No oh no the week is just started.

*Back up to full post-holiday power!


Sword of Damocles #1-2 (of 2) (or: I Can't Believe I'm Still Writing About Goddamned Fire From Heaven)

The Shaolin Cowboy #3 (Vol. 54)

Planetary #23, Doc Frankenstein #3

Solo #5, Seven Soldiers - Shining Knight #3 (of 4), Albion #1 (of 6)

And we‘re still not through with those comics!

*Some nice commentary on heavy photo-ref art here. I largely agree with Augie’s criticisms of Greg Land, the plasticity that can arise from slavish photo-devotion. But (like Augie) I’m not necessarily against ‘stiff’ art itself; I just need something more to be done with it than virtua-fumetti.

Some really nice art of the type can be found in Jae Lee’s work in the recent Ultimate Fantastic Four #19-20; while certainly popular among a certain segment of fandom (and long-ago established as a favorite of this site), Lee doesn’t always get the attention he deserves for his constant tinkering with his own signature style. There’s a lot of subtle variation he establishes between projects that can't always be appreciated through use of the blanket terms often cast over his look (‘operatic’ and ‘shadowy’ and ‘brooding’ are particular favorites). While somewhat stiff and thoroughly ‘posed’ (I have no idea exactly how much photo-ref Lee employs, though I presume it’s not an insignificant amount), Lee always brings a strong sense of staging to the page, and seems genuinely interested in altering his usual techniques for effect.

For example, in these most recent issues of Marvel’s soon-to-be inter-universe crossover bonanza book, Lee basically eliminates lines and creases from the faces of the young protagonists (Ben Grimm excluded, of course), to emphasize their relative tender inexperience, their pliability in comparison to the military men who accompany them at the top of the story. Just compare Reed’s smooth cheeks to the wrinkles and scratches of that fellow with the moustache; there’s nary an ink spot on the Storm siblings too, only eyes and eyebrows and lips and a hint of a nose on each. June Chung’s color handles the rest (Chung has demonstrated a particular aptitude toward working with Lee’s style, the type of look that can easily become awkward or unbalanced with an unsuitable palate). This stands in stark contrast to the usual crinkles and furrows of what we’d call a Jae Lee face, and it’s a handy slice of visual shorthand, something sorely missing from 'heavy realist' art of the likes of the aforementioned Land’s.

And then, in issue #20 especially, there’s the silhouettes. I’ve already heard some theorizing that Lee perhaps ran a bit low on time while working through this issue, and maybe decided to make another small alteration of his style in a gambit for deadline success, but he’s good enough to turn even his own rushing into beauty. To be blunt, sixteen out of twenty-three pages of this issue feature at least half of the character art thereon executed in all-black. It’s like an extended shadow play, with the deep colors and electrical crackles and heavy red dots and blips of the background (a Jae Lee trademark, regardless of colorist) amped up to overwhelming power, all of the characters totally shrouded in ink. But Lee’s visual storytelling is so clear, his use of body language (more of a pantomime than ever, stripped of distractions like facial expression) so confident, and his trust in his colorist so strong, that he really does pull it off, over half an issue without so much as a smile or frown or an open mouth. It’s a testament to the panache that can suffuse such realist styles, proving that attraction and life is not exclusive to looser lines.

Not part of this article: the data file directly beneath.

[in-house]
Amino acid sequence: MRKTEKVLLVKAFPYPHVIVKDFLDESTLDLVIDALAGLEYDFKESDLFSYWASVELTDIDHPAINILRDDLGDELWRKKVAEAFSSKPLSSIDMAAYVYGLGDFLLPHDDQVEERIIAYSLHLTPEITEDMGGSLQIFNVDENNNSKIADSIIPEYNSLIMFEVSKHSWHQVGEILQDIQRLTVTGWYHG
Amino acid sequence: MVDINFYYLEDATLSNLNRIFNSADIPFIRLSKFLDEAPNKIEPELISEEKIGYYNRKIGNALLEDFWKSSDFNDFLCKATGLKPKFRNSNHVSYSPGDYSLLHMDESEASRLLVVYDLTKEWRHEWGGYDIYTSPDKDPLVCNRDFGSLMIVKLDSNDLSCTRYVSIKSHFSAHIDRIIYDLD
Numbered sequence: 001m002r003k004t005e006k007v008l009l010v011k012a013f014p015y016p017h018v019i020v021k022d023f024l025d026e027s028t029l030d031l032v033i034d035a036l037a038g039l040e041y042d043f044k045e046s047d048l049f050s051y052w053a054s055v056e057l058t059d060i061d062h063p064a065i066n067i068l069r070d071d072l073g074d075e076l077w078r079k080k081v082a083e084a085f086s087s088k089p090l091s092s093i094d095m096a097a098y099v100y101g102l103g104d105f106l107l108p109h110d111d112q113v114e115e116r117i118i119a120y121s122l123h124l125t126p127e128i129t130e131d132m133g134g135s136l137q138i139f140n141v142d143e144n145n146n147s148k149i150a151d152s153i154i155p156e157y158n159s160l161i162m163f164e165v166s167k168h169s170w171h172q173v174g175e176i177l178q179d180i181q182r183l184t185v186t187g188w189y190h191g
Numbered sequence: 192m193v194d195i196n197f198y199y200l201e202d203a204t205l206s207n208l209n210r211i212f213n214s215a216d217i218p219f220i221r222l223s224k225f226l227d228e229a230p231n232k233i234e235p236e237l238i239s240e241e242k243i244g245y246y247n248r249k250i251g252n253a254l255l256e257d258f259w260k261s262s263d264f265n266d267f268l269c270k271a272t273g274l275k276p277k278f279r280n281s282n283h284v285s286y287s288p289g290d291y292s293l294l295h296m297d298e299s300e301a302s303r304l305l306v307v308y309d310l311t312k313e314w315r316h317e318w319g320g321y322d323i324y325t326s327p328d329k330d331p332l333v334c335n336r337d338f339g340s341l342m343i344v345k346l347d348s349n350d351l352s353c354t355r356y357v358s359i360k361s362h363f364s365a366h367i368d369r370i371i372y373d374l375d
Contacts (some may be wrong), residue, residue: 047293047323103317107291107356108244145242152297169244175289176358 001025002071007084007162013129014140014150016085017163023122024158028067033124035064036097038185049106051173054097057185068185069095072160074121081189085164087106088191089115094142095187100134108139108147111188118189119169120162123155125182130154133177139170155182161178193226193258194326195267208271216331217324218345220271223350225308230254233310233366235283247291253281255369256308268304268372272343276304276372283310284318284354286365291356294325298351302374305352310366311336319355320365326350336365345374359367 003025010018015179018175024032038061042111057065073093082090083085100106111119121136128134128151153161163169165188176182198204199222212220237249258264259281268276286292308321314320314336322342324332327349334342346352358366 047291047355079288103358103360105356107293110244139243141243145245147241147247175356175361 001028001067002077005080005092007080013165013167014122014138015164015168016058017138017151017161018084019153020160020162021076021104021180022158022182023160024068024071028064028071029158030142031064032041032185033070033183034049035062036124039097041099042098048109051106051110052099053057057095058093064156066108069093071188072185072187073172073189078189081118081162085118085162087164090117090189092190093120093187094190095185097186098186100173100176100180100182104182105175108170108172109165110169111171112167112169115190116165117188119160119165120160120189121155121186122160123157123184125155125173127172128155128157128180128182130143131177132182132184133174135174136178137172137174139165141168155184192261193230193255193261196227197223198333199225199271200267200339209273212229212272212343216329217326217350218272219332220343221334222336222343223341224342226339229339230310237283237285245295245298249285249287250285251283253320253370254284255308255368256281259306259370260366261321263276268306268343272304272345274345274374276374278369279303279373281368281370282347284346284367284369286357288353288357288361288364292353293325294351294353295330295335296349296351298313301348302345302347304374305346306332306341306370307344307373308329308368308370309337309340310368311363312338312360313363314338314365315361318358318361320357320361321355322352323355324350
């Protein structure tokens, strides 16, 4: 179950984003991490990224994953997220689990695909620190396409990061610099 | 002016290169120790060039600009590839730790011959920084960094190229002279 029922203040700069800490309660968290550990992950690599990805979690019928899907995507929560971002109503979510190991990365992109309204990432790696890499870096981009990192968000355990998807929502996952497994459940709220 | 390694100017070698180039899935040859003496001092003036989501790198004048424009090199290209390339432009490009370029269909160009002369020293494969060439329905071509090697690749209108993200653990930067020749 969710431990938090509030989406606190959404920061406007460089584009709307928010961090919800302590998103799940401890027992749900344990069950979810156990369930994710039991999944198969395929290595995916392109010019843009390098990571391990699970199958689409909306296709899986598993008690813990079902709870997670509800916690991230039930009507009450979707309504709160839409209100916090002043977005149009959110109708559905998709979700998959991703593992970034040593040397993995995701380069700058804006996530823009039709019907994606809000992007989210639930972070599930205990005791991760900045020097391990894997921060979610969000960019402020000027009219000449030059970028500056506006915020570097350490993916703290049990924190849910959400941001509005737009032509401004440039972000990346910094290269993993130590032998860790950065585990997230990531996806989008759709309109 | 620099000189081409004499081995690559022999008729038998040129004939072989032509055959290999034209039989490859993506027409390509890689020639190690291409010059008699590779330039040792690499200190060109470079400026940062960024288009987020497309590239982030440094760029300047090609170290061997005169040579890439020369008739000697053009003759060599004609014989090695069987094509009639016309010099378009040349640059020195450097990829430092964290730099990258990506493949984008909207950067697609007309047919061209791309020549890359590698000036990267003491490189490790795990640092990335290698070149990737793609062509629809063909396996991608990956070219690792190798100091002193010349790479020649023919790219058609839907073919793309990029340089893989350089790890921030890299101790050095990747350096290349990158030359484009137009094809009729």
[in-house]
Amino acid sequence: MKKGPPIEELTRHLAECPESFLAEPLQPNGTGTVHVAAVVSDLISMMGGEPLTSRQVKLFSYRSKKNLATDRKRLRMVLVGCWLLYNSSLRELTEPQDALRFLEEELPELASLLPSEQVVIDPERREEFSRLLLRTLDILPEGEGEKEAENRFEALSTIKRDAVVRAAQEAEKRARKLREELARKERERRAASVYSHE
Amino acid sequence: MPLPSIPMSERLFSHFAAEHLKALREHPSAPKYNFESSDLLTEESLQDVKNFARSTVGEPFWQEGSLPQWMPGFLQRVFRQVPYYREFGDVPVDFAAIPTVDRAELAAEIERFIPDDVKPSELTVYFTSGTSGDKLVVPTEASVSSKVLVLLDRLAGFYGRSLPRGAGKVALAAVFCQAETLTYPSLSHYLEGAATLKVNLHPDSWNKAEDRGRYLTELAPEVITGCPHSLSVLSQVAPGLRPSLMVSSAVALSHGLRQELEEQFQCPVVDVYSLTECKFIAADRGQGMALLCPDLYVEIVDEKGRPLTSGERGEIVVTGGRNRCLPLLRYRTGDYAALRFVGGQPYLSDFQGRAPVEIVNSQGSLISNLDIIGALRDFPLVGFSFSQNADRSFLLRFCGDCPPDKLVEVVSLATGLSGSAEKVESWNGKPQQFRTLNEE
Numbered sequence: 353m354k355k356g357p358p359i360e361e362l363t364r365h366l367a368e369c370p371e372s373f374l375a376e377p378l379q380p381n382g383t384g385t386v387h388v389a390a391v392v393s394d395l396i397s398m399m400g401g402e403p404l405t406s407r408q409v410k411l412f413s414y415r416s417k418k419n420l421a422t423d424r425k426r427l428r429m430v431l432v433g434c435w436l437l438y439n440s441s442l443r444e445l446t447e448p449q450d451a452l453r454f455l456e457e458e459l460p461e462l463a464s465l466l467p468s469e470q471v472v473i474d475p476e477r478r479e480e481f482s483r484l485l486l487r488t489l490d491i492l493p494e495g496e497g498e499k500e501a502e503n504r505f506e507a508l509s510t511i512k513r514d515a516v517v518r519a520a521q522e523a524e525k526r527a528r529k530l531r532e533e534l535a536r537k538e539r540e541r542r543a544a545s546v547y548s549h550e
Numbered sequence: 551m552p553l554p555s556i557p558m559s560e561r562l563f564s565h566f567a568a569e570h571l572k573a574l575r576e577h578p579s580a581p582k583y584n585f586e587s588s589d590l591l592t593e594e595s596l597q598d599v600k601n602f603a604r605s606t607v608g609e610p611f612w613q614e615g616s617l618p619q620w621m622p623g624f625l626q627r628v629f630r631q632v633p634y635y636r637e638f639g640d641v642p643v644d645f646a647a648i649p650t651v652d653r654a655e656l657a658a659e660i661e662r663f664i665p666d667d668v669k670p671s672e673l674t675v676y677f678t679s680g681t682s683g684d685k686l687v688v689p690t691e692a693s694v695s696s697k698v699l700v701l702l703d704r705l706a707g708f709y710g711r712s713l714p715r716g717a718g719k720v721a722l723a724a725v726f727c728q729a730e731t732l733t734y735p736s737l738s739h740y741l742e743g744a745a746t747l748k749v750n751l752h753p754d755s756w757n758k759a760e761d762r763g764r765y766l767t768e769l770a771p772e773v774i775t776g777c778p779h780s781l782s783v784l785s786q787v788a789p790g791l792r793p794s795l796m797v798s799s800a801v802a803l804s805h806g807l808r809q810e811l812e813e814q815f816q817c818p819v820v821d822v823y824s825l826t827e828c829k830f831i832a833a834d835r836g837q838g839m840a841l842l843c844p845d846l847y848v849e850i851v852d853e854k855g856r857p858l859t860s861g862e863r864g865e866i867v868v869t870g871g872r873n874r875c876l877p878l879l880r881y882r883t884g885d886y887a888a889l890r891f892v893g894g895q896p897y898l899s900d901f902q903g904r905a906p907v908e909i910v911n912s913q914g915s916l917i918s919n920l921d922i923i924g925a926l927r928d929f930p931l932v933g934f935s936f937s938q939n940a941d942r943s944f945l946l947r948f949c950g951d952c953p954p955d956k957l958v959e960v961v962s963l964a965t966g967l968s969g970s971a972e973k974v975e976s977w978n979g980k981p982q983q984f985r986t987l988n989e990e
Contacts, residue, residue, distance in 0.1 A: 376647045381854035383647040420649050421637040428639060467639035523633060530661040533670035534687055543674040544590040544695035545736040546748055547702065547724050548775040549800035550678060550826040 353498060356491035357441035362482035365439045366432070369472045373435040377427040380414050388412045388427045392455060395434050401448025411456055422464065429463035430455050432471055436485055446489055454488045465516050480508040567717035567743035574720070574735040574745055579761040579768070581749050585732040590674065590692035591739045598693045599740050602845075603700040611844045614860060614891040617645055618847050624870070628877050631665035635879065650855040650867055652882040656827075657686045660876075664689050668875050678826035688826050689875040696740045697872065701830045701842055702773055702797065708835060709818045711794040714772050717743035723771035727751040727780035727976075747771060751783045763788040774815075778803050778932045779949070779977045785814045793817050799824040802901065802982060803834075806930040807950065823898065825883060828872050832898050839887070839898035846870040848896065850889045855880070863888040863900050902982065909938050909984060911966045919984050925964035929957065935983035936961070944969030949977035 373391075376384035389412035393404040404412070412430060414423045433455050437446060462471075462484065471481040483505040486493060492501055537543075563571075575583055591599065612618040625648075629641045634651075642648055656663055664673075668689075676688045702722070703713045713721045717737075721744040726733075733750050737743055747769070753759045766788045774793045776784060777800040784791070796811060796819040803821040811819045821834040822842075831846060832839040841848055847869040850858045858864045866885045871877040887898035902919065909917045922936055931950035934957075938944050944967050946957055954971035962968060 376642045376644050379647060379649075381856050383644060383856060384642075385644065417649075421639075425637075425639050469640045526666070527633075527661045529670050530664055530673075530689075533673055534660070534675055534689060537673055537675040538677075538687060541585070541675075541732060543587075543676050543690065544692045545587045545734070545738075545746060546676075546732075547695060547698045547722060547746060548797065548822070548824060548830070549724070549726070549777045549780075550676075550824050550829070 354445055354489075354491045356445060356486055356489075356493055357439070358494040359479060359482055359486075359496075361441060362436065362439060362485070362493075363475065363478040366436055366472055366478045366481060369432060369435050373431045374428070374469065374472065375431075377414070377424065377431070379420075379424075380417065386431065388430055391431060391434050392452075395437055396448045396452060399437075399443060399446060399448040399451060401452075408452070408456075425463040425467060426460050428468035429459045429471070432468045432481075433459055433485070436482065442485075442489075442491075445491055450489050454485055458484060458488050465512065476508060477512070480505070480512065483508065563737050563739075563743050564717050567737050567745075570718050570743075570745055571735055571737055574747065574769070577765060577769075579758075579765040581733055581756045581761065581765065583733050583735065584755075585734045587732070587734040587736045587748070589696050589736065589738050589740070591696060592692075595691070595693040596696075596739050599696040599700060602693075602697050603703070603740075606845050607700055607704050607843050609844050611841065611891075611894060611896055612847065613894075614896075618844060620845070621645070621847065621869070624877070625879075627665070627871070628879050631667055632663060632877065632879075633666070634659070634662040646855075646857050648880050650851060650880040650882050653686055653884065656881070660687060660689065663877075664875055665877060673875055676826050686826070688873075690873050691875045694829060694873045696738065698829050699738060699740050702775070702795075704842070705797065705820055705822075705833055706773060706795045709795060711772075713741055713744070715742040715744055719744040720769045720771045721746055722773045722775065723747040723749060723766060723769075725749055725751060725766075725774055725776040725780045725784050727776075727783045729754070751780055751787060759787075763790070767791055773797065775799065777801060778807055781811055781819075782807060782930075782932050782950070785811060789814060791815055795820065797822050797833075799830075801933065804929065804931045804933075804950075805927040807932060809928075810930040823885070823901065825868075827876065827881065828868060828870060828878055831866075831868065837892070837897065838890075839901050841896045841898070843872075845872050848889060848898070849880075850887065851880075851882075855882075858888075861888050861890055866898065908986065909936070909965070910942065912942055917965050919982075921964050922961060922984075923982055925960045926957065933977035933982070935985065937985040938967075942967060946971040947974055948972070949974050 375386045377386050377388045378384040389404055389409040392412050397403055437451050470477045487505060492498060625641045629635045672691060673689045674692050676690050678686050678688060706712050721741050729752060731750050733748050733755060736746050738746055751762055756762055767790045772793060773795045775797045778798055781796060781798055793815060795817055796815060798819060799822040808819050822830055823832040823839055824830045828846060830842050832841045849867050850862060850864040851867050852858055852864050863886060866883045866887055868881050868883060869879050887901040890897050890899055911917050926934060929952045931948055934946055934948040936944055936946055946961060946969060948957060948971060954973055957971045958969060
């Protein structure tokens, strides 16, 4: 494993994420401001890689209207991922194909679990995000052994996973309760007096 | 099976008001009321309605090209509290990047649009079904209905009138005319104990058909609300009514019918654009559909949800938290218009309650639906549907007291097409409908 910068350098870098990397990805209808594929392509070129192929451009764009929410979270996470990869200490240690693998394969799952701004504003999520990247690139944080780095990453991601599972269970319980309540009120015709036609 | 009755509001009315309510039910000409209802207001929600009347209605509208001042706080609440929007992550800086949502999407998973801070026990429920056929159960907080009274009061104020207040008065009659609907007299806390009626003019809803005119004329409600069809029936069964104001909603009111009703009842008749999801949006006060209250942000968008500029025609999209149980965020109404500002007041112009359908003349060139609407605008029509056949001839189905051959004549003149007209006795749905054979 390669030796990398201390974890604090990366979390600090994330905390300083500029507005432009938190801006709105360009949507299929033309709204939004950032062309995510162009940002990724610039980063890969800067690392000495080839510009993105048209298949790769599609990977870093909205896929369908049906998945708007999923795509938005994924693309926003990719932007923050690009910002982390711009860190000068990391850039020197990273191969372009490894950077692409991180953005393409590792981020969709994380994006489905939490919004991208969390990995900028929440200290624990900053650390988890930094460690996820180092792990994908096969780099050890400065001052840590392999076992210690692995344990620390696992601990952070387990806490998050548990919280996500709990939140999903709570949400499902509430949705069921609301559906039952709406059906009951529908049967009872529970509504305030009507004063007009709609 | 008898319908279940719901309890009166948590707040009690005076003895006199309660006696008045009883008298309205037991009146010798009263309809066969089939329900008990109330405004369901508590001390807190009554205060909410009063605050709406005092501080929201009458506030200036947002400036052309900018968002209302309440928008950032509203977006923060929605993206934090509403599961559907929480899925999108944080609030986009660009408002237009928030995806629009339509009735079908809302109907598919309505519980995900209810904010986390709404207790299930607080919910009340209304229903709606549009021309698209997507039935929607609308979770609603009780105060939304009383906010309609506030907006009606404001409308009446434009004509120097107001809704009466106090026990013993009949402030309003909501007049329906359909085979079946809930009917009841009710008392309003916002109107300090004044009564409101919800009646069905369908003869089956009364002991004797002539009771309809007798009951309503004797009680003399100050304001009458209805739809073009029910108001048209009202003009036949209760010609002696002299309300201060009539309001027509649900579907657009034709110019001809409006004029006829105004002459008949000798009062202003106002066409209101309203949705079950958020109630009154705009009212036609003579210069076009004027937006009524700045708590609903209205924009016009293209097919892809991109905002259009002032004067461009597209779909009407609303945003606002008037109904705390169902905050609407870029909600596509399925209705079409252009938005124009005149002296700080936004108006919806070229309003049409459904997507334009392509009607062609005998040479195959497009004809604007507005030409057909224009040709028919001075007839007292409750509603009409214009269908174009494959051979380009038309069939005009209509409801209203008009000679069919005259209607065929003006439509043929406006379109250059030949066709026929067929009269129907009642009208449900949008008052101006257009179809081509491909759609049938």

Oh, the story? It was ok.

The Surrogates #1 (of 5)

An unfortunate case of not being quite as good as its early reviews signaled, though not nearly bad enough to prompt a really thorough response; this is a pretty nondescript book that doesn’t raise nearly as much reaction as anyone who followed its path to store shelves had expected it to, which is a real shame.

It’s Top Shelf’s first ‘mainstream’ book (always a strange sentiment coming from one of the most eminently accessible of the visible indy publishers), and maybe an initial glance might convince you to give it a shot. It’s slick, in full-color, only $2.95, and features all sorts of text pieces and pin-ups and fake ads and the bonus content like. There’s a really great double-page spread near the beginning where artist Brett Weldele stains a b&w aerial shot of the city down the middle with a thin film of yellowing, black spots flaked all down, like a photograph just beginning to rot from sunlight exposure. It sets a great mood, casting the future in terms of the past, good old dangerous deep-baked urban life, now Central Georgia Metropolis rather than NYC or LA. But the past is what overtakes this book, primarily in terms of stories and tropes and devices of seasons gone.

I think it’s the premise that really punctures the balloon of expectation, more well-worn that it ever looked in solicitation: folks of the future are hopping between assorted bodies! Specifically, they’re using human-like artificial forms called ‘Surrogates’ to engage in fantasy and danger and sexual play, along with more typical work-related tasks. Surrogates have swept the nation, with 92% of the adult population of the US having used one at some point, the unique sensory uplink of these remote shells capable of transmitting the essence of drinking and narcotics and sex and adventure to the user’s brain without anyone ever being in any danger. But now a mysterious electricity-wielding entity is blasting assorted Surrogates to bits while urging their owners (or perhaps the shells themselves) to “Live.” Meanwhile, a religious cult chatters about Idolatry and Vanity, and vague threats are duly inferred.